I was teaching a business writing workshop recently for an entire team at a company. Attendance was mandatory. When I stopped to look at a participant's laptop to coach the woman on her email, she said, "I don't need your help. I was an English major. I know how to write."
It was a sticky situation. Although she was an English major, one look at the message on her laptop told me she was not a good business writer–yet.
How could I tell at a glance that she didn't know how to write email?
Huge paragraphs filled the screen. Huge paragraphs do not work in business writing, especially in email.
Are English majors good business writers? Not necessarily. Not without making a successful shift:
- From well-constructed, complex paragraphs to well-constructed short chunks of text
- From big words such as "populate" to small words such as "fill"
- From long, complex sentences to short, simple sentences
- From focusing on a theme to focusing on a purpose
- From a discussion of ideas to a focus on results
English majors should not assume they know how to write for business, not without making the shifts above. I know–I was an English major, and I earned a master's degree in communication in my twenties. Yet when I remember my first business letters, I cringe, seeing my very long, dense paragraphs and my focus on myself rather than my readers.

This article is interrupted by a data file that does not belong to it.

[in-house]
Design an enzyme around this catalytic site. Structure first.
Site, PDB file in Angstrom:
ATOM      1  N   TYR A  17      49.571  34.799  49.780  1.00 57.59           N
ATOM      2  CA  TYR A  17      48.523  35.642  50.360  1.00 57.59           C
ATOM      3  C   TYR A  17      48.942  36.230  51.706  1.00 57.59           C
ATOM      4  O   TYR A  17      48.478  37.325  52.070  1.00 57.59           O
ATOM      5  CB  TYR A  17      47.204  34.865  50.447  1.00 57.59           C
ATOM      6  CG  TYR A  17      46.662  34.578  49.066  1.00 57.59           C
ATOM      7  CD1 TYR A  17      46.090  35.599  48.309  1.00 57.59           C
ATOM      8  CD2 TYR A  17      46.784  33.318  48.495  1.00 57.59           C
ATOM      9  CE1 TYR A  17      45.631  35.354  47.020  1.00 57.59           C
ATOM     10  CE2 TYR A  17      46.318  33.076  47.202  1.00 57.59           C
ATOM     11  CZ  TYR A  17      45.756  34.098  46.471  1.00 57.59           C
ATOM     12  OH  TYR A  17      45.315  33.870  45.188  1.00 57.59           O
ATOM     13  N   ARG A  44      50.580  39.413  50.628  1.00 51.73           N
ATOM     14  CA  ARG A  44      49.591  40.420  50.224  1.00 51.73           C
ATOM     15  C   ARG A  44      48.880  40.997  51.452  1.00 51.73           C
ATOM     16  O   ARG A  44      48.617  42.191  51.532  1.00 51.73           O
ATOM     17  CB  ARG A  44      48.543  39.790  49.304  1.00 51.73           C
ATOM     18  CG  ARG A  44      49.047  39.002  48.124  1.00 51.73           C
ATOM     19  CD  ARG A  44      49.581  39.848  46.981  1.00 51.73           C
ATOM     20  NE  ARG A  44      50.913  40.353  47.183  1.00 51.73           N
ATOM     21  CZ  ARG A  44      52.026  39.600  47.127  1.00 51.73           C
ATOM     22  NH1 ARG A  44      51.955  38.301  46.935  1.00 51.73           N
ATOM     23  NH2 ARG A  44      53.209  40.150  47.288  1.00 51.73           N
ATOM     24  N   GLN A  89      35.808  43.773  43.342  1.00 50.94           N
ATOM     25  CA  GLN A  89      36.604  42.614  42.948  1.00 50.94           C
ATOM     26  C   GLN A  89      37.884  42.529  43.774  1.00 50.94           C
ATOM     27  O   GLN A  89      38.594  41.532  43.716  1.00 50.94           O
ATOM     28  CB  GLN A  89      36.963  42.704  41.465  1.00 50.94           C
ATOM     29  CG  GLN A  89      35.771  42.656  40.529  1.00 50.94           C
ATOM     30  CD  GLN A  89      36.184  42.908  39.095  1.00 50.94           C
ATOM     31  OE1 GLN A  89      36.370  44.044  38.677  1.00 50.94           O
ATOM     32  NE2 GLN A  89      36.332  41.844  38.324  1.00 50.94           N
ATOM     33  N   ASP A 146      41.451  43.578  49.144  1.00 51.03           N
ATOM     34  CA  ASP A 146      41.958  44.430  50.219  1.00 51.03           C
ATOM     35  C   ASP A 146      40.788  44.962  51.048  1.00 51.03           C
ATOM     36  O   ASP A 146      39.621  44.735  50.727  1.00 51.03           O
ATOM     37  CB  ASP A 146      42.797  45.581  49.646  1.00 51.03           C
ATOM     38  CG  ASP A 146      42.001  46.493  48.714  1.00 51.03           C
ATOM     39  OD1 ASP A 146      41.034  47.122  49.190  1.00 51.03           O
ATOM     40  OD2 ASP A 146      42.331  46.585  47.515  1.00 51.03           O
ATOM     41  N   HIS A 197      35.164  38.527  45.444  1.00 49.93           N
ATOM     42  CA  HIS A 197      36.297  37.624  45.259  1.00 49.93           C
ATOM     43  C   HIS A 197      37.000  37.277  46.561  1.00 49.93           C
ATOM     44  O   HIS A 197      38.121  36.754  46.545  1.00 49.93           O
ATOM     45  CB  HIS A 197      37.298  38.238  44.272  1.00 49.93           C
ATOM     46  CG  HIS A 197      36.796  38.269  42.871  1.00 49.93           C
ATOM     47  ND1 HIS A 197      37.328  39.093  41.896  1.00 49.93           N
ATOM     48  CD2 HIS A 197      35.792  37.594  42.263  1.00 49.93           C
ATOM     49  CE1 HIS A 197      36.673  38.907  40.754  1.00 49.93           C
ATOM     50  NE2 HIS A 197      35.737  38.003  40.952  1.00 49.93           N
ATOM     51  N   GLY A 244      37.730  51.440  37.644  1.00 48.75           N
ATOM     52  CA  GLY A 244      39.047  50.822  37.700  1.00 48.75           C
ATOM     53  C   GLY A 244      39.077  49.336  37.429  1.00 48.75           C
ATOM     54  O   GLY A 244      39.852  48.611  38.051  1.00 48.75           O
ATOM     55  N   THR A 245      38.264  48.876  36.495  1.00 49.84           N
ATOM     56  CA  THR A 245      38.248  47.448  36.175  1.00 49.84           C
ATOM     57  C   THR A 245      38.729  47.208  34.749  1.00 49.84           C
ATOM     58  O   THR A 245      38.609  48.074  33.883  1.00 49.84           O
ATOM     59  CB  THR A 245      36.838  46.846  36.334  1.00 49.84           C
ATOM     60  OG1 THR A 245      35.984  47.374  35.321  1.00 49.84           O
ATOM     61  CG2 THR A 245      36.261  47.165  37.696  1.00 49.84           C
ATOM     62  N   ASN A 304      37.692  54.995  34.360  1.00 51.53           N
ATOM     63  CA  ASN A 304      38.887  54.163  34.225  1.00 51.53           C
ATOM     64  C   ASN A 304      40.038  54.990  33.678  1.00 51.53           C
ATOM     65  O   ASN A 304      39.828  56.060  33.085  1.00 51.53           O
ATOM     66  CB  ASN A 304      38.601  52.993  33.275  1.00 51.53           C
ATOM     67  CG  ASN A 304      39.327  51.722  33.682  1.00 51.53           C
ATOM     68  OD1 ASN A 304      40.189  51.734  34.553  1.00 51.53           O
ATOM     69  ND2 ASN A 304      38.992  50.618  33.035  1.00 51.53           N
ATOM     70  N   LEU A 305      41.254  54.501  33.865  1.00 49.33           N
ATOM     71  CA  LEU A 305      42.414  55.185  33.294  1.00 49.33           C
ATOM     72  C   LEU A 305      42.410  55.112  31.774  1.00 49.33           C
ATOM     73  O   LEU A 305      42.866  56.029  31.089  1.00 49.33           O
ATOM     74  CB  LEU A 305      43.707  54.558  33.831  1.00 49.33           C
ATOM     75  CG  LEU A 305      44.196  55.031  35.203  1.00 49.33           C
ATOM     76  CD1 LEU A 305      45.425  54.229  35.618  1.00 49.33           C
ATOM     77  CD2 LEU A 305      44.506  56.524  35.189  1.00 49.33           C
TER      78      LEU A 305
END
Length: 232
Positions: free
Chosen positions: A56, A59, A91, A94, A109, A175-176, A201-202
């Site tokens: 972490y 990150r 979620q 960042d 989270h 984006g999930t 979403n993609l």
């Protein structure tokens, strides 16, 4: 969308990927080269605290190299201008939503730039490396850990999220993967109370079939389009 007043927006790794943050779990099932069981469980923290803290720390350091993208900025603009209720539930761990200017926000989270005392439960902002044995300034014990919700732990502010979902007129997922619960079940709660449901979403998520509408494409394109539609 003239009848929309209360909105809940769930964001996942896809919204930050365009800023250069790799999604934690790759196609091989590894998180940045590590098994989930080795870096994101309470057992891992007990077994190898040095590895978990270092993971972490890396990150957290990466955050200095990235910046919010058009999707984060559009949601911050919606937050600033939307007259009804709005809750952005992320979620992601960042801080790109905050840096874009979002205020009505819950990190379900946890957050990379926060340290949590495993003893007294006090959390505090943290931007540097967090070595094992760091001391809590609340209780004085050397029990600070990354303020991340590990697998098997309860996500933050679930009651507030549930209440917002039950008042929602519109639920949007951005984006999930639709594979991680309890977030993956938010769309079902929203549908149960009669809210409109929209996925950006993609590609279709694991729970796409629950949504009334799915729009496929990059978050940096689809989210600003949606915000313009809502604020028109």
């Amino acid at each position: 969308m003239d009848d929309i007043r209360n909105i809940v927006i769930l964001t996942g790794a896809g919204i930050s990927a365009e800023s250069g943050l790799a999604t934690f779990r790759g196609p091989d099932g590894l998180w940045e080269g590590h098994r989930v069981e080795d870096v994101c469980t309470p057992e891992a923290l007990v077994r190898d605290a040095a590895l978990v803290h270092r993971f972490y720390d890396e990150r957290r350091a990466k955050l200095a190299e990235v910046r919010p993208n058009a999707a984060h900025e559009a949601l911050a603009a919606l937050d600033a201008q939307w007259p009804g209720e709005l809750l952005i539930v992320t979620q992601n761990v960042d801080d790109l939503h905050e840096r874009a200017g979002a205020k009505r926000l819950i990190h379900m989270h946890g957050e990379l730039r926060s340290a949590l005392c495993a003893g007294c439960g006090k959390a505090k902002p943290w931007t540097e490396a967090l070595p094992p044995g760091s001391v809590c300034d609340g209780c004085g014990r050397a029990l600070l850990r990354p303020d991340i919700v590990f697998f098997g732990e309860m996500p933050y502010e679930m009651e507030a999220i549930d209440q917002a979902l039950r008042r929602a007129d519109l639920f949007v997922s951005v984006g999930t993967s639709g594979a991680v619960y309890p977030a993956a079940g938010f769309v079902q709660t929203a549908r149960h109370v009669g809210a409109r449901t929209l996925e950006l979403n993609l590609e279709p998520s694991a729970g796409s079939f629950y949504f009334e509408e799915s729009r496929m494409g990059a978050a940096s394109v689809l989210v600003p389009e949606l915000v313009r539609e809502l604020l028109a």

It's no shame to have to learn to write differently for different purposes. Even Shakespeare would have to practice his craft differently if he were a business writer. Consider my experience:
I attended a recent production of "The Merchant of Venice" at the Shakespeare Theatre Company in Washington, D.C. Although I was enjoying the play, during the intermission I bought a "No Fear Shakespeare" version of it, which included both Shakespeare's original and a plain English translation. I bought it so I could be sure I understood what the characters were saying.
Below is a character's brief comment in both versions. Which one is easier to understand? Which one can you read more quickly?
Your worth is very dear in my regard.
I take it your own business calls on you
And you embrace th' occasion to depart.
You're both very precious to me. But I understand. You need to leave to take care of your own business.
I bet you are thinking we don't read Shakespeare or attend productions of his plays for quick understanding. Fair enough. But business readers do insist on being able to understand a message quickly and easily.
So English majors, can we agree to write a plain English version when we create emails, reports, proposals, recommendations, presentations, and other pieces?
We can express our literary imaginations as complexly and creatively as we want to on the weekend.
Farewell. I must away.